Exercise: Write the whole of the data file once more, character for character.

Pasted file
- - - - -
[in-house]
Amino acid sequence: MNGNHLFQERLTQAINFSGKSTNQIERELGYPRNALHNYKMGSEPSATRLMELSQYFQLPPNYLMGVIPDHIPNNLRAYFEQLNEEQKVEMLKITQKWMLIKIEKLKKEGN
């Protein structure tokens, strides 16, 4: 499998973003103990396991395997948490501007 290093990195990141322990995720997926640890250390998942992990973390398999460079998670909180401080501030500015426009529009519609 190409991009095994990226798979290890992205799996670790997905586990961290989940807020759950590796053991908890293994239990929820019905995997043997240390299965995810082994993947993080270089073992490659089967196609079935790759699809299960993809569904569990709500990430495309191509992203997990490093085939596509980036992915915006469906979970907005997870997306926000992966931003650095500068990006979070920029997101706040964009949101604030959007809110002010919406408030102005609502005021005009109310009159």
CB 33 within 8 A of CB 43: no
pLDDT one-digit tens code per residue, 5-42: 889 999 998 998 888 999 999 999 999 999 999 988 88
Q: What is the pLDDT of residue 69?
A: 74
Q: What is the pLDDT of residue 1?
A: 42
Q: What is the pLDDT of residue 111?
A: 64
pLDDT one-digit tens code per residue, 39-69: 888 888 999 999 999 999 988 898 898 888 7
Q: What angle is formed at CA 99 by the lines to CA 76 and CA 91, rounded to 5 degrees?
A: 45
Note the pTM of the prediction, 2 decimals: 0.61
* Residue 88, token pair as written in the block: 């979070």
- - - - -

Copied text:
[in-house]
Amino acid sequence: MNGNHLFQERLTQAINFSGKSTNQIERELGYPRNALHNYKMGSEPSATRLMELSQYFQLPPNYLMGVIPDHIPNNLRAYFEQLNEEQKVEMLKITQKWMLIKIEKLKKEGN
């Protein structure tokens, strides 16, 4: 499998973003103990396991395997948490501007 290093990195990141322990995720997926640890250390998942992990973390398999460079998670909180401080501030500015426009529009519609 190409991009095994990226798979290890992205799996670790997905586990961290989940807020759950590796053991908890293994239990929820019905995997043997240390299965995810082994993947993080270089073992490659089967196609079935790759699809299960993809569904569990709500990430495309191509992203997990490093085939596509980036992915915006469906979970907005997870997306926000992966931003650095500068990006979070920029997101706040964009949101604030959007809110002010919406408030102005609502005021005009109310009159």
CB 33 within 8 A of CB 43: no
pLDDT one-digit tens code per residue, 5-42: 889 999 998 998 888 999 999 999 999 999 999 988 88
Q: What is the pLDDT of residue 69?
A: 74
Q: What is the pLDDT of residue 1?
A: 42
Q: What is the pLDDT of residue 111?
A: 64
pLDDT one-digit tens code per residue, 39-69: 888 888 999 999 999 999 988 898 898 888 7
Q: What angle is formed at CA 99 by the lines to CA 76 and CA 91, rounded to 5 degrees?
A: 45
Note the pTM of the prediction, 2 decimals: 0.61
* Residue 88, token pair as written in the block: 């979070």